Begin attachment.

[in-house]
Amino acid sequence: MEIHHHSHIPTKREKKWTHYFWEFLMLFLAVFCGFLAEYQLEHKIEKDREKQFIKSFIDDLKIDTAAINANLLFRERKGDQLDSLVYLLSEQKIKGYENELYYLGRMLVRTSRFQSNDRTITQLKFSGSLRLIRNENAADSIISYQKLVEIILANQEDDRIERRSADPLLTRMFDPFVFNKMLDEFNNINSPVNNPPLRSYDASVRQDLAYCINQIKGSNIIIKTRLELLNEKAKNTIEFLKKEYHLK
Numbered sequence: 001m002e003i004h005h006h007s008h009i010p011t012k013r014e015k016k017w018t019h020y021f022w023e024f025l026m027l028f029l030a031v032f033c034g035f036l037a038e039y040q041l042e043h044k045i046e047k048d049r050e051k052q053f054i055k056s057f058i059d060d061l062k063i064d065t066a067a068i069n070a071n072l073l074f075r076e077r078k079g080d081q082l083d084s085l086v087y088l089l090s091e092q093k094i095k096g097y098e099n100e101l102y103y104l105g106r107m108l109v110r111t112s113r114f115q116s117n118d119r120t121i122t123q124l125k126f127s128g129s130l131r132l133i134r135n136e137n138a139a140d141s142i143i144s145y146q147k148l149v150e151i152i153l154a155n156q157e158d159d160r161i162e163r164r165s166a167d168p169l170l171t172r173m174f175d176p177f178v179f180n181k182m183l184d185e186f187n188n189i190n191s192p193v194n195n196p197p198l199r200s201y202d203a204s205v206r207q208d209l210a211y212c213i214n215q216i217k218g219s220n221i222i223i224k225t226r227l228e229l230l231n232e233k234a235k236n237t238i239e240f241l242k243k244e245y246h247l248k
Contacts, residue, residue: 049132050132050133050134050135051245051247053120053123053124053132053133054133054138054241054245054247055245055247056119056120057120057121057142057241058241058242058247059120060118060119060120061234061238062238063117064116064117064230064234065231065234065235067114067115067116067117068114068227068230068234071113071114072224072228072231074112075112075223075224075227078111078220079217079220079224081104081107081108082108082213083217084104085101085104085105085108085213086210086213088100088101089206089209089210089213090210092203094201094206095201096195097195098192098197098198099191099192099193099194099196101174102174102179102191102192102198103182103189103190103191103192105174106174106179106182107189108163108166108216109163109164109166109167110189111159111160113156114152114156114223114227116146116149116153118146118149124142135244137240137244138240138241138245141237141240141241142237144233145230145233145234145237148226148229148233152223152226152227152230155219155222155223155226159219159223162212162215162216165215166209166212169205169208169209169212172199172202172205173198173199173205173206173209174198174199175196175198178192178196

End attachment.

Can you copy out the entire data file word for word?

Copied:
[in-house]
Amino acid sequence: MEIHHHSHIPTKREKKWTHYFWEFLMLFLAVFCGFLAEYQLEHKIEKDREKQFIKSFIDDLKIDTAAINANLLFRERKGDQLDSLVYLLSEQKIKGYENELYYLGRMLVRTSRFQSNDRTITQLKFSGSLRLIRNENAADSIISYQKLVEIILANQEDDRIERRSADPLLTRMFDPFVFNKMLDEFNNINSPVNNPPLRSYDASVRQDLAYCINQIKGSNIIIKTRLELLNEKAKNTIEFLKKEYHLK
Numbered sequence: 001m002e003i004h005h006h007s008h009i010p011t012k013r014e015k016k017w018t019h020y021f022w023e024f025l026m027l028f029l030a031v032f033c034g035f036l037a038e039y040q041l042e043h044k045i046e047k048d049r050e051k052q053f054i055k056s057f058i059d060d061l062k063i064d065t066a067a068i069n070a071n072l073l074f075r076e077r078k079g080d081q082l083d084s085l086v087y088l089l090s091e092q093k094i095k096g097y098e099n100e101l102y103y104l105g106r107m108l109v110r111t112s113r114f115q116s117n118d119r120t121i122t123q124l125k126f127s128g129s130l131r132l133i134r135n136e137n138a139a140d141s142i143i144s145y146q147k148l149v150e151i152i153l154a155n156q157e158d159d160r161i162e163r164r165s166a167d168p169l170l171t172r173m174f175d176p177f178v179f180n181k182m183l184d185e186f187n188n189i190n191s192p193v194n195n196p197p198l199r200s201y202d203a204s205v206r207q208d209l210a211y212c213i214n215q216i217k218g219s220n221i222i223i224k225t226r227l228e229l230l231n232e233k234a235k236n237t238i239e240f241l242k243k244e245y246h247l248k
Contacts, residue, residue: 049132050132050133050134050135051245051247053120053123053124053132053133054133054138054241054245054247055245055247056119056120057120057121057142057241058241058242058247059120060118060119060120061234061238062238063117064116064117064230064234065231065234065235067114067115067116067117068114068227068230068234071113071114072224072228072231074112075112075223075224075227078111078220079217079220079224081104081107081108082108082213083217084104085101085104085105085108085213086210086213088100088101089206089209089210089213090210092203094201094206095201096195097195098192098197098198099191099192099193099194099196101174102174102179102191102192102198103182103189103190103191103192105174106174106179106182107189108163108166108216109163109164109166109167110189111159111160113156114152114156114223114227116146116149116153118146118149124142135244137240137244138240138241138245141237141240141241142237144233145230145233145234145237148226148229148233152223152226152227152230155219155222155223155226159219159223162212162215162216165215166209166212169205169208169209169212172199172202172205173198173199173205173206173209174198174199175196175198178192178196